Likewise in nonmonogamous relationships. One has a finite amount of resources to commit, any one of which may prove to be a limiting factor; for me, that factor did not come from the sector I'd expected. Time, I thought, was the greatest of my romantic limitations. Recently, however, I have drawn a different conclusion. I've had great fun this semester, engaging in a variety of hand to hand encounters, and they've all been great fun. In this blog, I've been shying away from the term "polyamory" because it seems like I'm tending more toward the swinging side of things, pursuing more or less casual sex without making longterm commitments outside of the sexual realm, beyond the central commitment I've been holding for some time now. Suddenly I realize, though, that if I engage with many more troops, I will be spread to thin to enjoy it. The limiting factor isn't my time resources but my emotional resources. Every combat encounter will begin to seem the same: move phase, assault phase, resolution, and then consolidation, withdrawal or advance. I don't simply want to sweep through every unit in my path. I want to draw out the engagements, make them last, savor them. And (I begin to suspect), if I encounter too many more units, the savor will out.

I have a new strategy: consolidation. The troops have already engaged; the initial hand-to-hand stage is resolved. What's left is to think small: take those three inches1 of movement and see to the unit as a whole. Are all models within 2", maintaining group cohesion? Are they densely packed, inviting area attacks? Are they within assault range of another enemy troop; could they edge out of the way? Do I really know all the people I'm sleeping with, and isn't it worth pursuing those relationships in more depth before trying to ... um ... close with more ... enemy units? In other words, I'm on the downswing from quantity and moving back toward quality and depth of relationships. Oddly enough, this actually seems to have been sparked by my interaction with a young woman who, just as I did, explicitly declared her interest in a relationship predicated on getting it on and not worrying about the traditional courtship portion. Getting together went so well, though, that it got me questioning my actual wants ... and a pleasant evening spent with another friend of mine brought me some awareness of my own sexual saturation. I have enough partners; I just don't see enough of them. Time to consolidate.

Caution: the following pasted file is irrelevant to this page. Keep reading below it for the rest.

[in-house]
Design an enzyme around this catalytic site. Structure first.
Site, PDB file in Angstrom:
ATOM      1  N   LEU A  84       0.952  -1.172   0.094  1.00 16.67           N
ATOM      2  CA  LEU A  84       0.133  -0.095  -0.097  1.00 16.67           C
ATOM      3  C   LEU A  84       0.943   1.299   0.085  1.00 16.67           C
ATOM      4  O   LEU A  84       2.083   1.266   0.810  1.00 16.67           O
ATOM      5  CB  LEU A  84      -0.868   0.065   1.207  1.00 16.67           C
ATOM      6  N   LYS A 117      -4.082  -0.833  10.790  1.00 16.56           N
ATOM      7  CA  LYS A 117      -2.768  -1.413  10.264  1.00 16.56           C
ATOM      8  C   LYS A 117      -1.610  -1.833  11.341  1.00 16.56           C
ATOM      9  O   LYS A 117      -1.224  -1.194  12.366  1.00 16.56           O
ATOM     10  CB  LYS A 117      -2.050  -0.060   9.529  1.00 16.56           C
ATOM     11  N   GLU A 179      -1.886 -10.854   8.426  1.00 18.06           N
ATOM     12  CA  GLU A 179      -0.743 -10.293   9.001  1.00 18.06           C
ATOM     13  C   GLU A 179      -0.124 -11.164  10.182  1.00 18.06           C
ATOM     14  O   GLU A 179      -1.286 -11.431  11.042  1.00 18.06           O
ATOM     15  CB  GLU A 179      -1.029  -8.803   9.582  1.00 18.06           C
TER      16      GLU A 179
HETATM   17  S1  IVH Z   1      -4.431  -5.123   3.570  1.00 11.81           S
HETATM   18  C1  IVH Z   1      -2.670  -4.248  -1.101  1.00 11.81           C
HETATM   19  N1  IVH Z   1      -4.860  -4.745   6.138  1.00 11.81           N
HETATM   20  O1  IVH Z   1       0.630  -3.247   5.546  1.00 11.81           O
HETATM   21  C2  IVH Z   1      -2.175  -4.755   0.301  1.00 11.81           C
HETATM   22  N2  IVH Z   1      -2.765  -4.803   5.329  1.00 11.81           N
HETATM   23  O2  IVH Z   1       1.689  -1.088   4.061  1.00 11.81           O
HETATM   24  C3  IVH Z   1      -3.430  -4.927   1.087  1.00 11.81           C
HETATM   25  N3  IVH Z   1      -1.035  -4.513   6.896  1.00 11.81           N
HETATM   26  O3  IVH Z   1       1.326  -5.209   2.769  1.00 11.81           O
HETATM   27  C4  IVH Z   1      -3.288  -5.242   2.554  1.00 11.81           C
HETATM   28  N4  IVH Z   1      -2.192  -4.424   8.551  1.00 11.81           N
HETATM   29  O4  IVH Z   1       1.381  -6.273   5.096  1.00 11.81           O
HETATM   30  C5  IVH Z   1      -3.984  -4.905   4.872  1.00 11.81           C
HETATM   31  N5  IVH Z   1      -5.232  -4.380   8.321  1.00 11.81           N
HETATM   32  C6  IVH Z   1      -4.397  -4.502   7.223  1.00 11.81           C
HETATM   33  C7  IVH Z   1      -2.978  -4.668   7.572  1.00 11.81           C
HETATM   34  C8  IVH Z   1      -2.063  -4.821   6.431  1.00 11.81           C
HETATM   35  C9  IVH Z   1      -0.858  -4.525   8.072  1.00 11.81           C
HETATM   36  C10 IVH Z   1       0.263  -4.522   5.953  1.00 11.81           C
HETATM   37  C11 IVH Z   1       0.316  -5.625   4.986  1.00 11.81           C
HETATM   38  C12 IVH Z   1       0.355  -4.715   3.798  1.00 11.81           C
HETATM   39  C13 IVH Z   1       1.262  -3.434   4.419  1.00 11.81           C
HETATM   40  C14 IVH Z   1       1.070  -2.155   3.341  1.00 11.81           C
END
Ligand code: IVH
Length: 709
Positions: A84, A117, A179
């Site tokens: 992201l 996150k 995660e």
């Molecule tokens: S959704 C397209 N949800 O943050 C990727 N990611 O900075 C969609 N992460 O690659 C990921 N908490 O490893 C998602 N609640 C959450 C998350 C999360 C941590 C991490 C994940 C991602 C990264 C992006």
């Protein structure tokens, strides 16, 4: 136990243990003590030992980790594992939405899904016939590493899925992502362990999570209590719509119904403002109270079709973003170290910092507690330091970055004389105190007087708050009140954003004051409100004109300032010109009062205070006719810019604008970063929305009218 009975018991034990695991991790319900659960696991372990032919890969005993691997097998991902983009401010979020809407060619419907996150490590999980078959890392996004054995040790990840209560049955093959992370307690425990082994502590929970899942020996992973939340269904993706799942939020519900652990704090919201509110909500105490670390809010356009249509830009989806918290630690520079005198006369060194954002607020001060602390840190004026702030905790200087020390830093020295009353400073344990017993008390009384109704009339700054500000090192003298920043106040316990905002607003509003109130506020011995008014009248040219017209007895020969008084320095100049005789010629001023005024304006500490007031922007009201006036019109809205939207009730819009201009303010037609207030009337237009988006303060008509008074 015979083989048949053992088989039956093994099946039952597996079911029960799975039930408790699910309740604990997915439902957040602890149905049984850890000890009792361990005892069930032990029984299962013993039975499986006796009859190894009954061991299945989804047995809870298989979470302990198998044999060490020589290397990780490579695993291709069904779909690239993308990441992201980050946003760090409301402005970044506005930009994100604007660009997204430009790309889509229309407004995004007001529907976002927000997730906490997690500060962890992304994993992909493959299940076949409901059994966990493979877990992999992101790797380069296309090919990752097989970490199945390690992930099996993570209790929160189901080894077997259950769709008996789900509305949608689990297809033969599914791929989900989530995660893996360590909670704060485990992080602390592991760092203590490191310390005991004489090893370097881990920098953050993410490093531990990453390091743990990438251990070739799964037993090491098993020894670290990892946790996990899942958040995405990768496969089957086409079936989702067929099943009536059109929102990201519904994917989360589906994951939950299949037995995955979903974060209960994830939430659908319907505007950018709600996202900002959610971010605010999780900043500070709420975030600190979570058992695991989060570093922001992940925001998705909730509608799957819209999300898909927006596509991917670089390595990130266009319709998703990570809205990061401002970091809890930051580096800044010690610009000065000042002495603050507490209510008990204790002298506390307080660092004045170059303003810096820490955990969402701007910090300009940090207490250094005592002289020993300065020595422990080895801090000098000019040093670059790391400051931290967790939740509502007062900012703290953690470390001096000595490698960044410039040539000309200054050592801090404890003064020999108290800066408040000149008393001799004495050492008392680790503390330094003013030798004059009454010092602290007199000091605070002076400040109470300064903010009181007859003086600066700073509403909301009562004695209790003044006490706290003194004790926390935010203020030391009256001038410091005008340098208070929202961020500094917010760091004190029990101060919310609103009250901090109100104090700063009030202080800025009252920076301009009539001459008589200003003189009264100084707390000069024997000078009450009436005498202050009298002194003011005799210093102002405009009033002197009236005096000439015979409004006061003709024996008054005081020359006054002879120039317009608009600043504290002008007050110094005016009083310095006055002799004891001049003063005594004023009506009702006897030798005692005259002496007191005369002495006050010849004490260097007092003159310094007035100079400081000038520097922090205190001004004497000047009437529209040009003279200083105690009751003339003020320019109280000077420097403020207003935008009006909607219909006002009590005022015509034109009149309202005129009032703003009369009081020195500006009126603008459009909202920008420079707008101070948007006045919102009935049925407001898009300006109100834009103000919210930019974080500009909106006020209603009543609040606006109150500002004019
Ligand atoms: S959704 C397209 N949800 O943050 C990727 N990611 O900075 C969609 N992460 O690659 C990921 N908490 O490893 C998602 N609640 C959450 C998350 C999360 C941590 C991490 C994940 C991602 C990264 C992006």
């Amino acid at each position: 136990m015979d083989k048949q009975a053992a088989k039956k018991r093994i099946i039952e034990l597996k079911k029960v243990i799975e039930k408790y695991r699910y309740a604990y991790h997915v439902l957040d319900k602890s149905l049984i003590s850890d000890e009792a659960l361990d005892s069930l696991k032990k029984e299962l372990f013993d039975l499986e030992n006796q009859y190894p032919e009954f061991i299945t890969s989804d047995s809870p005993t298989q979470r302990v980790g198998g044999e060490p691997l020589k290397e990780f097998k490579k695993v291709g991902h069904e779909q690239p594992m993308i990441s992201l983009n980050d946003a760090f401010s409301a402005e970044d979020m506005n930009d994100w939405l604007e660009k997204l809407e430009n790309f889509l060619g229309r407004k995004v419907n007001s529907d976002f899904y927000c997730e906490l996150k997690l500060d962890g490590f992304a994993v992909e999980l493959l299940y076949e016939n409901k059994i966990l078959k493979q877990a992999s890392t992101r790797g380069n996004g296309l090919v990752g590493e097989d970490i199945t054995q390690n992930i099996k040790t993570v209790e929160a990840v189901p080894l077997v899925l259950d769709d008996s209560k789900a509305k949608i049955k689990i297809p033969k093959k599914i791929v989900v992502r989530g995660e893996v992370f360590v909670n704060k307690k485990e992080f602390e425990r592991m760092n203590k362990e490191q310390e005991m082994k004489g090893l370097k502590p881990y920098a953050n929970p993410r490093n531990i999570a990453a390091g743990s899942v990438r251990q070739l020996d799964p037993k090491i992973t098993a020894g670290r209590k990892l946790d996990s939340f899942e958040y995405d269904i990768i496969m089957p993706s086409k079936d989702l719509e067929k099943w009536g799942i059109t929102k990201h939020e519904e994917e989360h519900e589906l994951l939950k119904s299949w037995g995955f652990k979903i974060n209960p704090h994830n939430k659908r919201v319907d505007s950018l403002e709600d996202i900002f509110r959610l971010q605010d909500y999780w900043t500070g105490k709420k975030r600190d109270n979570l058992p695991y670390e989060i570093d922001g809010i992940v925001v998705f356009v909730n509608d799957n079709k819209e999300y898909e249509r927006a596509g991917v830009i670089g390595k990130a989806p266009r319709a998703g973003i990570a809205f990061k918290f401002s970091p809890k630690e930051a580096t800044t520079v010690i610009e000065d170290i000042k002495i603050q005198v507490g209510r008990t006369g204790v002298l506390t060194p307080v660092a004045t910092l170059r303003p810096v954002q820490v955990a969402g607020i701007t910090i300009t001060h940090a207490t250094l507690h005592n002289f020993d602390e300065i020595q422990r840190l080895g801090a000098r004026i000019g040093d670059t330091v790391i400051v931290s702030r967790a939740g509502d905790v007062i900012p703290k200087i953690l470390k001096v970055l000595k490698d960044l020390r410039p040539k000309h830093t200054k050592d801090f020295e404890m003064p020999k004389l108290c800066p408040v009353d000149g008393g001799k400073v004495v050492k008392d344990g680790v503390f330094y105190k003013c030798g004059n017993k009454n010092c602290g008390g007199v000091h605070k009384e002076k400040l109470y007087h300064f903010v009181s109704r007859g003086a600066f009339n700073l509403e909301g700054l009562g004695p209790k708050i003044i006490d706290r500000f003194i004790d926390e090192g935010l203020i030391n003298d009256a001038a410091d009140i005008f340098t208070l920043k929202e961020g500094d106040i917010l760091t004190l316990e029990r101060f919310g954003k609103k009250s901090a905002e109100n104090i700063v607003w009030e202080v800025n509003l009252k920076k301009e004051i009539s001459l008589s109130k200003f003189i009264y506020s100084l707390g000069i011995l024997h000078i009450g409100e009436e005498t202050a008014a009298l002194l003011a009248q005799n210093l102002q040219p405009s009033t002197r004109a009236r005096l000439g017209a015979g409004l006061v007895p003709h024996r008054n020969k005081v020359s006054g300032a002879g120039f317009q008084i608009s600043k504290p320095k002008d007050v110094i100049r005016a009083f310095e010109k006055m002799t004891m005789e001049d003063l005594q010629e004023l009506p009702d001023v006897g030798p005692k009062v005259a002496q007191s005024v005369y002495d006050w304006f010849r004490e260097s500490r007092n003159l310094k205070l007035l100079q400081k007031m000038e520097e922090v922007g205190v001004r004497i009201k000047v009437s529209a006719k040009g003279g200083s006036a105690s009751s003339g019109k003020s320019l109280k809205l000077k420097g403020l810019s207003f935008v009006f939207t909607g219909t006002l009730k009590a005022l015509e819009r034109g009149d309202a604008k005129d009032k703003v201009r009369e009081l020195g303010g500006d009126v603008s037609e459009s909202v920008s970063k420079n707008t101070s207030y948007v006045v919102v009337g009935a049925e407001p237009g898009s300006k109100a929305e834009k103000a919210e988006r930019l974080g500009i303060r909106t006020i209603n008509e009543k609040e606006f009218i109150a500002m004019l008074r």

1 And don't even think about a size joke, because you and I know exactly how irrelevant that is.2

2Actually, three inches is pretty frighteningly large when a marine is one inch tall.3

3Well, there's an image I didn't need in my mind.